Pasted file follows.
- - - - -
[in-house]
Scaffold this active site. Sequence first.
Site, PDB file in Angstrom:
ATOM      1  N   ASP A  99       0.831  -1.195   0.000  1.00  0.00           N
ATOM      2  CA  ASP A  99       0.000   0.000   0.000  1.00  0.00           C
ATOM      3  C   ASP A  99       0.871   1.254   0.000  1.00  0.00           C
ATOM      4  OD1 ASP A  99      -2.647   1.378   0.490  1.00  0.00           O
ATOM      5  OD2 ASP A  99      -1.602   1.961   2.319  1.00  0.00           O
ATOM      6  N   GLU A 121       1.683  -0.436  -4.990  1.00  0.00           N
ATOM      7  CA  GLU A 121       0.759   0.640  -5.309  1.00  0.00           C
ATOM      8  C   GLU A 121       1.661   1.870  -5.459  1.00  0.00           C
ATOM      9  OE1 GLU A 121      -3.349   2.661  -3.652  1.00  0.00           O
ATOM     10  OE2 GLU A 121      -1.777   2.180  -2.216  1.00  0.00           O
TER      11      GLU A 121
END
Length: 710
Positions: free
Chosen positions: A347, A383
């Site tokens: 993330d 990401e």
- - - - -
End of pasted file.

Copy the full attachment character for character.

[in-house]
Scaffold this active site. Sequence first.
Site, PDB file in Angstrom:
ATOM      1  N   ASP A  99       0.831  -1.195   0.000  1.00  0.00           N
ATOM      2  CA  ASP A  99       0.000   0.000   0.000  1.00  0.00           C
ATOM      3  C   ASP A  99       0.871   1.254   0.000  1.00  0.00           C
ATOM      4  OD1 ASP A  99      -2.647   1.378   0.490  1.00  0.00           O
ATOM      5  OD2 ASP A  99      -1.602   1.961   2.319  1.00  0.00           O
ATOM      6  N   GLU A 121       1.683  -0.436  -4.990  1.00  0.00           N
ATOM      7  CA  GLU A 121       0.759   0.640  -5.309  1.00  0.00           C
ATOM      8  C   GLU A 121       1.661   1.870  -5.459  1.00  0.00           C
ATOM      9  OE1 GLU A 121      -3.349   2.661  -3.652  1.00  0.00           O
ATOM     10  OE2 GLU A 121      -1.777   2.180  -2.216  1.00  0.00           O
TER      11      GLU A 121
END
Length: 710
Positions: free
Chosen positions: A347, A383
């Site tokens: 993330d 990401e």